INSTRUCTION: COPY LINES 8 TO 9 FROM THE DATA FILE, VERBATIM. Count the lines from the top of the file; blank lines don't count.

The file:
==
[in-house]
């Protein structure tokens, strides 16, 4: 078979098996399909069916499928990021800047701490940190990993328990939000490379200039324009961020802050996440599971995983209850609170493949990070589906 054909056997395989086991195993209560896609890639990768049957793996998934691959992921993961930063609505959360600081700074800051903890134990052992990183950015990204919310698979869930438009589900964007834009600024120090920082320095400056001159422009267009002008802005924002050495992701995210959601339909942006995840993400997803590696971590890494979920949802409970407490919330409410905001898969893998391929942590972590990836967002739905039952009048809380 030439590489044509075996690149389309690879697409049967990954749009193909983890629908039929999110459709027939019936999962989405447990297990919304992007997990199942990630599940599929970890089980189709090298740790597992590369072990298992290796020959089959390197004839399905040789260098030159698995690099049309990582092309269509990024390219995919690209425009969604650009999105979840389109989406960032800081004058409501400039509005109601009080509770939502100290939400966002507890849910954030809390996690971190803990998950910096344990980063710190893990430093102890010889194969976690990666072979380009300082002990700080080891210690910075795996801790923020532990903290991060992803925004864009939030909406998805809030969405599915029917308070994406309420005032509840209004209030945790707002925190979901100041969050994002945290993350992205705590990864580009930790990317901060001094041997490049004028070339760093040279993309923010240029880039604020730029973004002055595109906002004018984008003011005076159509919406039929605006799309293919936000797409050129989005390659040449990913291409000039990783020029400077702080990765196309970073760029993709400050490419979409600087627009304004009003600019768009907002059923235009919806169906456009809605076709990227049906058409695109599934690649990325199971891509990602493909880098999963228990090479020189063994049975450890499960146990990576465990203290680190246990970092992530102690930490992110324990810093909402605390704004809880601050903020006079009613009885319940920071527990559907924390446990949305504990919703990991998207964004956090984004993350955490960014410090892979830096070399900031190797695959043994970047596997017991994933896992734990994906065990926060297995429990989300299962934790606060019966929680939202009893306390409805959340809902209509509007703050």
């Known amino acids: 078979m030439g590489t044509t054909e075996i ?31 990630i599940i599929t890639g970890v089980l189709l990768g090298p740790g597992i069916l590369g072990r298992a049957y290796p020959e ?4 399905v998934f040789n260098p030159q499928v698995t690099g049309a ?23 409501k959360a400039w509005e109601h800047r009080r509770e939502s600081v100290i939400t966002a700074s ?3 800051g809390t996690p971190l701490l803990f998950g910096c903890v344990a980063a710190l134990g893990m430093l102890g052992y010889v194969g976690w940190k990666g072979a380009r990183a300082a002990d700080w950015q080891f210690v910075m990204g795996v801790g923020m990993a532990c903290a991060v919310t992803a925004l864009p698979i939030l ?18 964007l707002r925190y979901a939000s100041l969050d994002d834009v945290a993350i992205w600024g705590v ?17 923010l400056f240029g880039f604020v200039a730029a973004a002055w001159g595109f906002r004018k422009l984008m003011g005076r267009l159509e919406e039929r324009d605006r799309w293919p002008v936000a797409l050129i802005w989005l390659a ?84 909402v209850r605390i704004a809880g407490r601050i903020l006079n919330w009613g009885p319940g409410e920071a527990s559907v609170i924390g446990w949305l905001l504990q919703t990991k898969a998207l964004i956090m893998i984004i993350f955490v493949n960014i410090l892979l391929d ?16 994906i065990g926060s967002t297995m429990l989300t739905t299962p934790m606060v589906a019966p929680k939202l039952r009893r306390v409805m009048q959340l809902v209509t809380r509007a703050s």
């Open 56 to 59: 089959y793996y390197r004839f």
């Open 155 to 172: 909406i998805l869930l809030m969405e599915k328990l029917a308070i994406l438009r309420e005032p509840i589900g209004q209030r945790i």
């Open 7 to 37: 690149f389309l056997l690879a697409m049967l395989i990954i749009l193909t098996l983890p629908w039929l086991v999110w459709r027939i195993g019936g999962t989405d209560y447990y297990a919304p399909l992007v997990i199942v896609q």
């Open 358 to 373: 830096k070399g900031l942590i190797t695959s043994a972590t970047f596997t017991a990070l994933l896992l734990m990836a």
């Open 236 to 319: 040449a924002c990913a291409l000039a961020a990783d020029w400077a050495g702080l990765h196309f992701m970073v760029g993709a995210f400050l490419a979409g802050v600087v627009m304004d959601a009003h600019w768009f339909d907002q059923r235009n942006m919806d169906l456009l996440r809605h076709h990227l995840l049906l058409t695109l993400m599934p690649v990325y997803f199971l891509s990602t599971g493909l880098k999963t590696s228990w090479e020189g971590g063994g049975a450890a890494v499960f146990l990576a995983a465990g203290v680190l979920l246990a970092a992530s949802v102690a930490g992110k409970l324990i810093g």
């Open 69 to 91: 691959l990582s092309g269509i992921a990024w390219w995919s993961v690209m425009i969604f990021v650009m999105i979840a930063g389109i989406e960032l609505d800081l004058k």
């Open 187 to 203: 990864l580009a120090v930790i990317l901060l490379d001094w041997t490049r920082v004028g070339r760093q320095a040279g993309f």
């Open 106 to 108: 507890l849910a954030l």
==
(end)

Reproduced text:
């Open 236 to 319: 040449a924002c990913a291409l000039a961020a990783d020029w400077a050495g702080l990765h196309f992701m970073v760029g993709a995210f400050l490419a979409g802050v600087v627009m304004d959601a009003h600019w768009f339909d907002q059923r235009n942006m919806d169906l456009l996440r809605h076709h990227l995840l049906l058409t695109l993400m599934p690649v990325y997803f199971l891509s990602t599971g493909l880098k999963t590696s228990w090479e020189g971590g063994g049975a450890a890494v499960f146990l990576a995983a465990g203290v680190l979920l246990a970092a992530s949802v102690a930490g992110k409970l324990i810093g």
């Open 69 to 91: 691959l990582s092309g269509i992921a990024w390219w995919s993961v690209m425009i969604f990021v650009m999105i979840a930063g389109i989406e960032l609505d800081l004058k």